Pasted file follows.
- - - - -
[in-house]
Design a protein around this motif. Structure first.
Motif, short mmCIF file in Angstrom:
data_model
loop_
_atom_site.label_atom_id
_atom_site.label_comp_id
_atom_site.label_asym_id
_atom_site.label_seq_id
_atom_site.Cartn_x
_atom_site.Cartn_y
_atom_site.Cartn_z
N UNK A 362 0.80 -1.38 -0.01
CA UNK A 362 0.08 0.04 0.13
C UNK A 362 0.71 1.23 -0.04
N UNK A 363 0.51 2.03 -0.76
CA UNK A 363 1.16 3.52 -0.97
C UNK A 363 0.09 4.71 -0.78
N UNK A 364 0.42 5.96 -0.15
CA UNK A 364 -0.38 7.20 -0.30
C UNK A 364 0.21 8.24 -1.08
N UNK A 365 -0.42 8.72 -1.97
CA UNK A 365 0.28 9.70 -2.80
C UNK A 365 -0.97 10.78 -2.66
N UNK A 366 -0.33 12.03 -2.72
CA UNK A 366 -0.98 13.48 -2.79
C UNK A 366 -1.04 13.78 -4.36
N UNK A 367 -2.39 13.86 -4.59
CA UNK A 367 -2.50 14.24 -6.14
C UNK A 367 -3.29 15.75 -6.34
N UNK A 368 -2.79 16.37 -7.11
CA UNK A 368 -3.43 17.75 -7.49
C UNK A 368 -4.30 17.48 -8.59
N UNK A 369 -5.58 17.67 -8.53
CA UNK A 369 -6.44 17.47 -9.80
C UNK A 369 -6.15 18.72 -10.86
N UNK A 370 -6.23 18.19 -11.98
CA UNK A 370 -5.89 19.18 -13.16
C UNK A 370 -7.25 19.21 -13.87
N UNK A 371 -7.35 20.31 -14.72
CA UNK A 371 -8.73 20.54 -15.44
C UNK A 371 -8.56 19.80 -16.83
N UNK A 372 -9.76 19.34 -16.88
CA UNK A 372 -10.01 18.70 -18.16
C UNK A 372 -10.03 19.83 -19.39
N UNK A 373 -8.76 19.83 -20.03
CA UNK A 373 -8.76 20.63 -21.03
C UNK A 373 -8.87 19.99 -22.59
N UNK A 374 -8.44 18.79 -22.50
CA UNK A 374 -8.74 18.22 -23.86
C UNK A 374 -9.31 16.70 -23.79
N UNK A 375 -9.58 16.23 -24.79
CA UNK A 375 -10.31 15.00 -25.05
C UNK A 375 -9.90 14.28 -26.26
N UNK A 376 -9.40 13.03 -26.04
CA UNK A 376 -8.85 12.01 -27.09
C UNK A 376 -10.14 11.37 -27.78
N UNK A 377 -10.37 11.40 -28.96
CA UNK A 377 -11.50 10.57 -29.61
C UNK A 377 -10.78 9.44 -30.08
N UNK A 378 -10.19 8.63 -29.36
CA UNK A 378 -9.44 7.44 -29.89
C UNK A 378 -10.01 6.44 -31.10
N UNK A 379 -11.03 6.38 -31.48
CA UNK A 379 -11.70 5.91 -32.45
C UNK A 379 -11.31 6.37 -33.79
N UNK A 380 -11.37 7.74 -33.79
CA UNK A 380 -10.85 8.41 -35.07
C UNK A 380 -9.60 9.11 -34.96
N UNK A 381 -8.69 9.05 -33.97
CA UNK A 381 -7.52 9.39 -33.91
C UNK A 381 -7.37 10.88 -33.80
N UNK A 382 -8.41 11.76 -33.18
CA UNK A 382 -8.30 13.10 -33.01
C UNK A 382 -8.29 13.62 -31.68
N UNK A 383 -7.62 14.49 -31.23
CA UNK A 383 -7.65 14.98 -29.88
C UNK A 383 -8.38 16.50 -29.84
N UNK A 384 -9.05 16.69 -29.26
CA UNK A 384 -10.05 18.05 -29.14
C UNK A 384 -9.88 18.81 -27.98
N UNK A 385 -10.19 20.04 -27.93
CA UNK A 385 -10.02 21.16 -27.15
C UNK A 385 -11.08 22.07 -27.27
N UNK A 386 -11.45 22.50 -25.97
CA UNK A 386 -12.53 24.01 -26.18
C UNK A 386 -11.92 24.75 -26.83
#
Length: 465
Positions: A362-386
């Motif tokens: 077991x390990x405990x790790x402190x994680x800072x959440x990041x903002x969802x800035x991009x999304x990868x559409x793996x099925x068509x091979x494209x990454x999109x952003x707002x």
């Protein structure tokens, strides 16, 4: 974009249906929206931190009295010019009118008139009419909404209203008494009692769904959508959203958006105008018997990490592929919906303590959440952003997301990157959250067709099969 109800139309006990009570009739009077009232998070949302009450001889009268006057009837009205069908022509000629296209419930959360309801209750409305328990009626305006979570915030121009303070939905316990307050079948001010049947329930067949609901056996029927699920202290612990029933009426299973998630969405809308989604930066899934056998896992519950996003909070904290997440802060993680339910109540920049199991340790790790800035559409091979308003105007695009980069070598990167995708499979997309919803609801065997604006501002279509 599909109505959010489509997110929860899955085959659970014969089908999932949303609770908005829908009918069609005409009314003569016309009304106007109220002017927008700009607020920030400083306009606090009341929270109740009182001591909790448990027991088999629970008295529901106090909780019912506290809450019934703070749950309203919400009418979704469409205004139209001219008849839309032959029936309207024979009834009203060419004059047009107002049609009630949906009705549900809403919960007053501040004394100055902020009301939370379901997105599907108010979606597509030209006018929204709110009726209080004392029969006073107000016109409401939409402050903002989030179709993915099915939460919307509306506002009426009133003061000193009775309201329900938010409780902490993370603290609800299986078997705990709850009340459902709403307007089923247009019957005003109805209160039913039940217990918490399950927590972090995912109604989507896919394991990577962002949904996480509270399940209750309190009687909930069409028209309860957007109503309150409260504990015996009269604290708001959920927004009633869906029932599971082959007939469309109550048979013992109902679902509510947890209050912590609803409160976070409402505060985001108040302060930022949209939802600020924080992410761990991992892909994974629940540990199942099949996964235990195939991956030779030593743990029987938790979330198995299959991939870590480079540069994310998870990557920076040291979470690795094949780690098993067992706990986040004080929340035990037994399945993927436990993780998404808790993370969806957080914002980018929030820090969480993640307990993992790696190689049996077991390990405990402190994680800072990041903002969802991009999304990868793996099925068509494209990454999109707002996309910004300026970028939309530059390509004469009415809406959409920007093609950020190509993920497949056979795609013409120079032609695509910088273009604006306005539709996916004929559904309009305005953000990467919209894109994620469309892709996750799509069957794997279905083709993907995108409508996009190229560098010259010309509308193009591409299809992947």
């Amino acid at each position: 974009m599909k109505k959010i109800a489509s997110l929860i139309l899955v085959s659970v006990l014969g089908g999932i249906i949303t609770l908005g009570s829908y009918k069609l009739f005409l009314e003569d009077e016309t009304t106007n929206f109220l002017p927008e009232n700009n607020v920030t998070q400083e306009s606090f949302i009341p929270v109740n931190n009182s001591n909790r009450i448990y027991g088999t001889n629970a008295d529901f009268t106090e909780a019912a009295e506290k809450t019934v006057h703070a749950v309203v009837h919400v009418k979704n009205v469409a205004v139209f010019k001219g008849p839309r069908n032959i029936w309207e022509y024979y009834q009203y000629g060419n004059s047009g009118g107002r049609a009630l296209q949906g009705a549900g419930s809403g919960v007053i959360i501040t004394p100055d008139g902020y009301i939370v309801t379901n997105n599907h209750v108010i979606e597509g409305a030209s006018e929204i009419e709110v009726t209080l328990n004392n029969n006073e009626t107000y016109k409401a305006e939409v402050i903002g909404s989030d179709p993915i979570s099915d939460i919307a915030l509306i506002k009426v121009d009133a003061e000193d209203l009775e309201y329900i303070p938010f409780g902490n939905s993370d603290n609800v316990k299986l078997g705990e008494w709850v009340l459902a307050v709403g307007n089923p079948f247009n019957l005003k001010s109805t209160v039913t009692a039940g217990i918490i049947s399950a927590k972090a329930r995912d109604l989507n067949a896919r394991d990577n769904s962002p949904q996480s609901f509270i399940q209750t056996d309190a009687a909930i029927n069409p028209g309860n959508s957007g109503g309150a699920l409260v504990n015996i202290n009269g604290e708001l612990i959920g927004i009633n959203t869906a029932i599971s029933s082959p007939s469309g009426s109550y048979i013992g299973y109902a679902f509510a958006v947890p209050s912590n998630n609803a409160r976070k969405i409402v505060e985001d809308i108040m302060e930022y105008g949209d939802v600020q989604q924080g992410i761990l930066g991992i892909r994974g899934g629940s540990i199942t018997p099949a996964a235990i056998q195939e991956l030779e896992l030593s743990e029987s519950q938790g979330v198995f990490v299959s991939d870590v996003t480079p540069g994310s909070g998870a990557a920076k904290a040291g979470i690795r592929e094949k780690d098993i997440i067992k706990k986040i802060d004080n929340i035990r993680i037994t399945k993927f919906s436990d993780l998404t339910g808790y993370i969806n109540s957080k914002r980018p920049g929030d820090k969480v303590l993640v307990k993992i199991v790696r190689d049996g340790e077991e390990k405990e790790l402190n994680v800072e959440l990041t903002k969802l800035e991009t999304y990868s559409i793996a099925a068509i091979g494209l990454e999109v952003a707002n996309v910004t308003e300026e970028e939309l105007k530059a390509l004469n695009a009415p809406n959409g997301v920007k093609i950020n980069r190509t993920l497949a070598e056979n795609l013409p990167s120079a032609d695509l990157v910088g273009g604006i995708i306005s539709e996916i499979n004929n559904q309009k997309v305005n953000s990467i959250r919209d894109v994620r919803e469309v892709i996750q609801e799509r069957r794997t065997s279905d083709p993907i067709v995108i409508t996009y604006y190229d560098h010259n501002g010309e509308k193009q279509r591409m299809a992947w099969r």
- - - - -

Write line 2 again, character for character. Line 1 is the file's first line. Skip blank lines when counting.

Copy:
Design a protein around this motif. Structure first.